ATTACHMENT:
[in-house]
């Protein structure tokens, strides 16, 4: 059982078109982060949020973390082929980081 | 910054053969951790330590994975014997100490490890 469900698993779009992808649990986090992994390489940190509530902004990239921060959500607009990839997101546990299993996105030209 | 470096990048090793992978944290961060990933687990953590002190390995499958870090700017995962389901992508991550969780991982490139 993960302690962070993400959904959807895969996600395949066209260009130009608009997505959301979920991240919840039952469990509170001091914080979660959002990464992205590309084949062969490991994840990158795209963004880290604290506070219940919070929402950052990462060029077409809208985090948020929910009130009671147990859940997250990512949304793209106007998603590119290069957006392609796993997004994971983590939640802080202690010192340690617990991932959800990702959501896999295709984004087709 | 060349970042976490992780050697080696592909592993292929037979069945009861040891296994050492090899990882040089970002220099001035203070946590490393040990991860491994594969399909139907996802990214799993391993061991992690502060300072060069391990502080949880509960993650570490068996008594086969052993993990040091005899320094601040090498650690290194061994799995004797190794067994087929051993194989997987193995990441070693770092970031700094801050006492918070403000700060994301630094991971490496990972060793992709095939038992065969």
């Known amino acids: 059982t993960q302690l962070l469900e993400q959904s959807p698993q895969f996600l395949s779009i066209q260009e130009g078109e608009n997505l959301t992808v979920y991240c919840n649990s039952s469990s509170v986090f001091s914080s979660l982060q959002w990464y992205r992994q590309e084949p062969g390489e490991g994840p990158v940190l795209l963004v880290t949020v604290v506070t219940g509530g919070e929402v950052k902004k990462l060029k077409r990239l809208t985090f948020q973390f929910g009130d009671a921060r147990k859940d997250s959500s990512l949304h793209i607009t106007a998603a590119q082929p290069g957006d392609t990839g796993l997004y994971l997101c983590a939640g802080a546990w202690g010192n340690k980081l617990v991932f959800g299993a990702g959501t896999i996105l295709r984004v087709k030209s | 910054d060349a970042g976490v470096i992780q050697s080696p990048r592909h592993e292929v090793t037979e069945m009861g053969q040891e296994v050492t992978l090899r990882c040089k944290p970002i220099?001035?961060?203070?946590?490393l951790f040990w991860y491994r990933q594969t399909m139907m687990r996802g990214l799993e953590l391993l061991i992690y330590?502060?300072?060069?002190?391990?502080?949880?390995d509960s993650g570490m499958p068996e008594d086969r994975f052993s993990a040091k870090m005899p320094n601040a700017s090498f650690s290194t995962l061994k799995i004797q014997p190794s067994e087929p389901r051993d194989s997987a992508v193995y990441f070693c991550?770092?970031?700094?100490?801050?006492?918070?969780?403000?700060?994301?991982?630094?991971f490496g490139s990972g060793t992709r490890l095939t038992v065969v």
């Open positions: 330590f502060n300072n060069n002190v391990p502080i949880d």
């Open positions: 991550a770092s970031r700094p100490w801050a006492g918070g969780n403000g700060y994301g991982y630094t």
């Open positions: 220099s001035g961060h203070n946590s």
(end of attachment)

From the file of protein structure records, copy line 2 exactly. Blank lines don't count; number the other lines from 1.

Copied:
């Protein structure tokens, strides 16, 4: 059982078109982060949020973390082929980081 | 910054053969951790330590994975014997100490490890 469900698993779009992808649990986090992994390489940190509530902004990239921060959500607009990839997101546990299993996105030209 | 470096990048090793992978944290961060990933687990953590002190390995499958870090700017995962389901992508991550969780991982490139 993960302690962070993400959904959807895969996600395949066209260009130009608009997505959301979920991240919840039952469990509170001091914080979660959002990464992205590309084949062969490991994840990158795209963004880290604290506070219940919070929402950052990462060029077409809208985090948020929910009130009671147990859940997250990512949304793209106007998603590119290069957006392609796993997004994971983590939640802080202690010192340690617990991932959800990702959501896999295709984004087709 | 060349970042976490992780050697080696592909592993292929037979069945009861040891296994050492090899990882040089970002220099001035203070946590490393040990991860491994594969399909139907996802990214799993391993061991992690502060300072060069391990502080949880509960993650570490068996008594086969052993993990040091005899320094601040090498650690290194061994799995004797190794067994087929051993194989997987193995990441070693770092970031700094801050006492918070403000700060994301630094991971490496990972060793992709095939038992065969």